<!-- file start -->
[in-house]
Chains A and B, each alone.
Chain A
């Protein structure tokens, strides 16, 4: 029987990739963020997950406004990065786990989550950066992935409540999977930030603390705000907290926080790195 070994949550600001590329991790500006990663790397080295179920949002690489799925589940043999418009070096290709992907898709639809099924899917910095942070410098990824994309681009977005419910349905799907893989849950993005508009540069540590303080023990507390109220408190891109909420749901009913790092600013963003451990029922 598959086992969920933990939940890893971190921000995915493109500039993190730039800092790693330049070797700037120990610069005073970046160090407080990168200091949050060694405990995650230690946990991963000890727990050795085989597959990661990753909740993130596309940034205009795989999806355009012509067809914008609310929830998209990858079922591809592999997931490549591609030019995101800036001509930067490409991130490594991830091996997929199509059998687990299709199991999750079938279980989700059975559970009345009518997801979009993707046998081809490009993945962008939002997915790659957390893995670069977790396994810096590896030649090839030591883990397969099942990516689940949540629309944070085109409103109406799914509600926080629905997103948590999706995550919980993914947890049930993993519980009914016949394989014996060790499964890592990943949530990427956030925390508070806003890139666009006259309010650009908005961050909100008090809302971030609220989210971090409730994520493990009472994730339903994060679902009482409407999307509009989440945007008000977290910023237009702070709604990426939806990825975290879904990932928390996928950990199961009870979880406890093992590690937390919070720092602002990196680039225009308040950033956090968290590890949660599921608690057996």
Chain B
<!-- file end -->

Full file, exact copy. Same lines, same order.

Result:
[in-house]
Chains A and B, each alone.
Chain A
């Protein structure tokens, strides 16, 4: 029987990739963020997950406004990065786990989550950066992935409540999977930030603390705000907290926080790195 070994949550600001590329991790500006990663790397080295179920949002690489799925589940043999418009070096290709992907898709639809099924899917910095942070410098990824994309681009977005419910349905799907893989849950993005508009540069540590303080023990507390109220408190891109909420749901009913790092600013963003451990029922 598959086992969920933990939940890893971190921000995915493109500039993190730039800092790693330049070797700037120990610069005073970046160090407080990168200091949050060694405990995650230690946990991963000890727990050795085989597959990661990753909740993130596309940034205009795989999806355009012509067809914008609310929830998209990858079922591809592999997931490549591609030019995101800036001509930067490409991130490594991830091996997929199509059998687990299709199991999750079938279980989700059975559970009345009518997801979009993707046998081809490009993945962008939002997915790659957390893995670069977790396994810096590896030649090839030591883990397969099942990516689940949540629309944070085109409103109406799914509600926080629905997103948590999706995550919980993914947890049930993993519980009914016949394989014996060790499964890592990943949530990427956030925390508070806003890139666009006259309010650009908005961050909100008090809302971030609220989210971090409730994520493990009472994730339903994060679902009482409407999307509009989440945007008000977290910023237009702070709604990426939806990825975290879904990932928390996928950990199961009870979880406890093992590690937390919070720092602002990196680039225009308040950033956090968290590890949660599921608690057996």
Chain B